As shown in FIG. 2, the system transitions from unlocked state 210 to locked state 220 in response to a lock request and issues a grant_lock response. A return to unlocked state 210 from locked state 220 occurs in response to a lock being released. Lock release occurs by transitions through states 230 and 240. In response to an unlock request, the system moves from state 220 to unlock request pending state 230. At state 230, the system processes parameters such as the persistence parameter and the unlock condition to determine whether a lock should be released. If the lock will not be dissolved, a lock_in_use message is sent and the system returns to locked state 220. If the lock can be dissolved, an unlock message is issued and the system transitions to state 240 in which the locked address, or locking pointer, is changed to that of the device now requesting a lock. Subsequently, the system transitions to locked state 220 and issues a grant_lock message.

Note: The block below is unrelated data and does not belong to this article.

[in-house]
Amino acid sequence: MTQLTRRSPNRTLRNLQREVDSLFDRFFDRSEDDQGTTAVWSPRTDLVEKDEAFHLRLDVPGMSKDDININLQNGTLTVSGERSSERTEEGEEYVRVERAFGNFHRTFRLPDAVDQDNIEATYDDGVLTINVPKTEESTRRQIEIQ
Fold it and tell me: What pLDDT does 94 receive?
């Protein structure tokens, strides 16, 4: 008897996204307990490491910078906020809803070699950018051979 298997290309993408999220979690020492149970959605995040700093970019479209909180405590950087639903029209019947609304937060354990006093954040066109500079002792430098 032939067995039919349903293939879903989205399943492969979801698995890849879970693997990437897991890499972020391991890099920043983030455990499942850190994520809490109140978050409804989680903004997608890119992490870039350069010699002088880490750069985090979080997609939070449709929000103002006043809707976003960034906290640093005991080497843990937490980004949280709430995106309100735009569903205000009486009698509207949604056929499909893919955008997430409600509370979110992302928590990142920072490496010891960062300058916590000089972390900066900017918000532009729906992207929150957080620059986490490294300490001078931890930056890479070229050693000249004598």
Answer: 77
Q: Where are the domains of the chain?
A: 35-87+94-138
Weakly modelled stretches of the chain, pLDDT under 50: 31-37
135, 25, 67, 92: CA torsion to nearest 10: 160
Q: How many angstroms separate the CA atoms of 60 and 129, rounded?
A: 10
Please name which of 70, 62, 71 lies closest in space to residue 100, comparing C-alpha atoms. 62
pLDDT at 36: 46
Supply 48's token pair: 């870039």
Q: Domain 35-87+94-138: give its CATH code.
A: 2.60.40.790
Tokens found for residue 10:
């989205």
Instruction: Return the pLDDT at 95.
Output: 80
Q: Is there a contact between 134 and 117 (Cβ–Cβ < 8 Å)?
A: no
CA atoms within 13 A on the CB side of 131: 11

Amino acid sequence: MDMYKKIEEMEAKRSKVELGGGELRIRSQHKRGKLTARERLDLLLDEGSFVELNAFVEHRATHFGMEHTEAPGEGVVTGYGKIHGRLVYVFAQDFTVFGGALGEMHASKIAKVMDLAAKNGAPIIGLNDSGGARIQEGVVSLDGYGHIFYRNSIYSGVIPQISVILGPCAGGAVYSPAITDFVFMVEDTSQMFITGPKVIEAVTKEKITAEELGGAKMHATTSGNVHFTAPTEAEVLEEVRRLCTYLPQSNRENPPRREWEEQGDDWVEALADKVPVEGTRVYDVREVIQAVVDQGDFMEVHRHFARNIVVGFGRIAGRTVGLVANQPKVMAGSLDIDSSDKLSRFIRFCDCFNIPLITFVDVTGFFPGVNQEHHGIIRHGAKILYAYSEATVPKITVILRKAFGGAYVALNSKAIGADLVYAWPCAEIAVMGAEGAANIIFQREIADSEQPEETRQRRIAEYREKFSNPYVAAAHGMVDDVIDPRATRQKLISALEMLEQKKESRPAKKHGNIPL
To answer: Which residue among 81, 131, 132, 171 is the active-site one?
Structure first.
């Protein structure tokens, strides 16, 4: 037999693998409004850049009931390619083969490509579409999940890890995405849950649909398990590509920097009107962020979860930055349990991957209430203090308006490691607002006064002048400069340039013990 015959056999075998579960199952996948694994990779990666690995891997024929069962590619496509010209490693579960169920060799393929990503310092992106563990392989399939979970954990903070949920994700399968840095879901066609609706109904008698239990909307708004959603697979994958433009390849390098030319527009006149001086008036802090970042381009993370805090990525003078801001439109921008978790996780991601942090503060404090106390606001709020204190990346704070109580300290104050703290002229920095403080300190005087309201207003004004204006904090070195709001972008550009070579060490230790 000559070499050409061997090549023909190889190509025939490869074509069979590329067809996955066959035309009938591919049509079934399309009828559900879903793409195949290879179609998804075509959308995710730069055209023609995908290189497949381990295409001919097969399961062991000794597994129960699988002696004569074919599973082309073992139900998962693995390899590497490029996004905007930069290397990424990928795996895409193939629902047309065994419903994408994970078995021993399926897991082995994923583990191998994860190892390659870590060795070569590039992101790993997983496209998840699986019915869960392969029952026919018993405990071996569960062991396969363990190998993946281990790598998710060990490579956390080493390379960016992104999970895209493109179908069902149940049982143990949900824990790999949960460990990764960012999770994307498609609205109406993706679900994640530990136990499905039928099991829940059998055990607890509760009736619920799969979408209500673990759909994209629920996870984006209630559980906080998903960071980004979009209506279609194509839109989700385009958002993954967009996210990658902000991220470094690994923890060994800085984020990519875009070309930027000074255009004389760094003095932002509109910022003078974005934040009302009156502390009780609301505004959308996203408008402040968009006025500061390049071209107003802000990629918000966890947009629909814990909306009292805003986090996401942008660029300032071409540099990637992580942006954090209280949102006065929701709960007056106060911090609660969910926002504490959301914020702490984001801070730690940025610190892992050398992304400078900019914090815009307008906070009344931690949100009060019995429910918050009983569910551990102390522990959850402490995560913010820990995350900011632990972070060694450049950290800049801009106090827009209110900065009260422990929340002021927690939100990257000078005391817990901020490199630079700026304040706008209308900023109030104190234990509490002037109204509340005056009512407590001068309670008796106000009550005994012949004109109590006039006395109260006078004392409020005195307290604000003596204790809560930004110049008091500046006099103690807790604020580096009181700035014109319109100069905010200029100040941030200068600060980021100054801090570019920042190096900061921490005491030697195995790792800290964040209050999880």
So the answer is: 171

The operation of the lock manager 107 and lock mechanism 1070 under various conditions, i.e., during various types of transactions between devices, is illustrated in FIGS. 3 through 7. In FIG. 3, a device B is not locked and, in response to a lock request from device A, device B establishes a lock with device A.
In FIG. 4, device B is locked to device C in response to a previous lock request and receives a conflicting lock request from device A. The persistence parameter is set at 0 meaning that device B need not request approval of unlocking from device C prior to unlocking and re-locking with device A. Device B must only evaluate the unlock condition parameter to determine whether or not to dissolve the lock with device C.